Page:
The reality is that 5G won’t dramatically change the way people travel in 2020. But the infrastructure and networks built over the next year will change the way destinations are able to understand and manage the visitor experience. “2020 is pivotal because you’ve got a good foundation built, and the ecosystem starts to form,” says Kevin Petersen, a marketing executive for AT&T. One important benefit of the new technology is its ability to greatly reduce latency, or the time it takes for devices to communicate with one another. That will be important as we build smarter and more connected cities.
This new data will allow DMMOs (destination marketing and management organizations) to better understand the visitor experience and manage tourism in the destination more effectively. Amsterdam, for example, is already experimenting with displaying wait times at top visitor attractions on its website. The city has also created an app that sends push notifications to users warning them of long queues and suggesting alternatives. Visitors can even download an artificial intelligence–powered service that suggests off-the-beaten-path destinations based on their social-media profiles. On a pre-emptive basis, Amsterdam is developing dashboards to forecast overcrowding in specific locations. The traffic department and other agencies are exploring how to track people through movement detection cameras and mobile-phone data. Combined with data analytics, this information can help the city optimize maintenance and cleaning schedules and determine infrastructure needs.
Advanced data will also help destinations in their planning efforts. As tourism continues to grow at rates well above many other global industrial sectors worldwide, GIS-driven tourism master plans that track the social, environmental and economic impacts of tourism will be increasingly essential to cities and regions experiencing rapidly growing tourism demands on local resources.
5. PURPOSE-DRIVEN TRAVEL
Transformational travel was all the rage in 2019. The Transformational Travel Council, founded in 2016, defines transformational travel as “intentionally traveling to stretch, learn and grow into new ways of being and engaging with the world.” The simple reality is that all travel is transformational. It’s the “intentional” aspect that is shifting traveler decision making and behavior.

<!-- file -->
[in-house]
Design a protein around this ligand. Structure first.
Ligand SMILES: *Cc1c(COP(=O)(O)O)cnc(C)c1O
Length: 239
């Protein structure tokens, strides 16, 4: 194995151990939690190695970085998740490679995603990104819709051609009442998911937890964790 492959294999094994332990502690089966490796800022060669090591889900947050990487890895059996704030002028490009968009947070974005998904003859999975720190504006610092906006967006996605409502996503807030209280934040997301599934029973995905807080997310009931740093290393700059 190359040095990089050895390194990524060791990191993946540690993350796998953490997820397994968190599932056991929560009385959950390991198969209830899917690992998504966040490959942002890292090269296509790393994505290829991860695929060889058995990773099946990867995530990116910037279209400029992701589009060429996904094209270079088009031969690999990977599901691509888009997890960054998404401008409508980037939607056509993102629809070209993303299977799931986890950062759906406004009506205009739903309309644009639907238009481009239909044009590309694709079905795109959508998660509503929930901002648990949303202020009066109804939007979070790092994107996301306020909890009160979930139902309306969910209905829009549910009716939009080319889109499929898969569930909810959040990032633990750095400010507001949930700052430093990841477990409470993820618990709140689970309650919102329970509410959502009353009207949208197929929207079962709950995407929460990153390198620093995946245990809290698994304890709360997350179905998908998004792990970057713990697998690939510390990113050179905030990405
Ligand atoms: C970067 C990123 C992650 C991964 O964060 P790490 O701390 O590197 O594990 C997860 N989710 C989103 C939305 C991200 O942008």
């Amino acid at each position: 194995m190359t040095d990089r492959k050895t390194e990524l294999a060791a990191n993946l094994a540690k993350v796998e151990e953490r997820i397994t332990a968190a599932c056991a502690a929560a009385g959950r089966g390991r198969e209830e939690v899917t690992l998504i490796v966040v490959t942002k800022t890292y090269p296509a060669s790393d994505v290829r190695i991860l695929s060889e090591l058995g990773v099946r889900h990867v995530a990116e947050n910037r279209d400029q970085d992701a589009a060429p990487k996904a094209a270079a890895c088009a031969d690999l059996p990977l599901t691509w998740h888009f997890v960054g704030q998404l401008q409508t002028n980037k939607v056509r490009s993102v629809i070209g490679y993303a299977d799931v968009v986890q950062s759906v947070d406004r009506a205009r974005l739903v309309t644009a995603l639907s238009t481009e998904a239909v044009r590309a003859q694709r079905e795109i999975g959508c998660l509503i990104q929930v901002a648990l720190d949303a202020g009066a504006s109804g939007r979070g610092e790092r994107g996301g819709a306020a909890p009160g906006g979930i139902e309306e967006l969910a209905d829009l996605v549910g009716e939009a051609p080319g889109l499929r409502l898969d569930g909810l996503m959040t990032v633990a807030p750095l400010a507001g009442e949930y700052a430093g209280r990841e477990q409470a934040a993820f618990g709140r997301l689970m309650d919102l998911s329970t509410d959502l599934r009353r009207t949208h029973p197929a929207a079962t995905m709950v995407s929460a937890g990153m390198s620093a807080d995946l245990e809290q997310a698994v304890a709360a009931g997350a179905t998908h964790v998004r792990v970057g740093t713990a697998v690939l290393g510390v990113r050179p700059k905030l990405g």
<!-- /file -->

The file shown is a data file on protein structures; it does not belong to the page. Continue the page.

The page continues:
Over half (56%) of global travelers agree traveling has taught them invaluable life skills, and 2020 will see a rise in people’s desire to learn something new while away, as well as an increase in volunteering and skills-based vacations across generations. When looking at the most popular kinds of trips with purpose, 68% of global travelers would consider participating in cultural exchanges to learn a new skill, followed by a volunteering trip (54%) and international work placements (52%), according to Booking.com.
The desire to learn and grow into new ways means destinations have to rethink their experiential offer. It also opens up new opportunities to connect tourism with talent attraction and economic development through creative tourism. These creative experiences bring members of the global creative class and knowledge economy to growth districts and cities, creating the opportunity for visitors to meet and build relationships with those involved in their professional fields in a more organic way.
Travelers are looking for assistance in making their trips more purposeful. According to Booking.com, more than 60% of global travelers would like to have access to a service (app/website) that recommends destinations where an increase in tourism would have a positive impact on the local community. JourneyKind is an example of such a service. The agency curates travel services: hotels, restaurants and local activities, and prioritizes options that create a positive social, economic or environmental impact.
2020 will also raise questions about tourism’s role in disaster recovery. Last year we saw dozens of destinations affected by tragedies, with the DMMOs helping to communicate when it’s acceptable for travelers to return and presenting the message that “your dollars are needed.” Some have questioned the long-term viability of these strategies. With the wildfires currently devastating Australia, we’ve already seen calls for “volunteer tourists” to come and assist with the relief efforts. This type of “voluntourism” can become extremely complicated however, and must be managed in a way that adds value to the destination, rather than hampering recovery efforts.
What do you think are the trends that will define tourism in the coming year? I’d love to hear from you.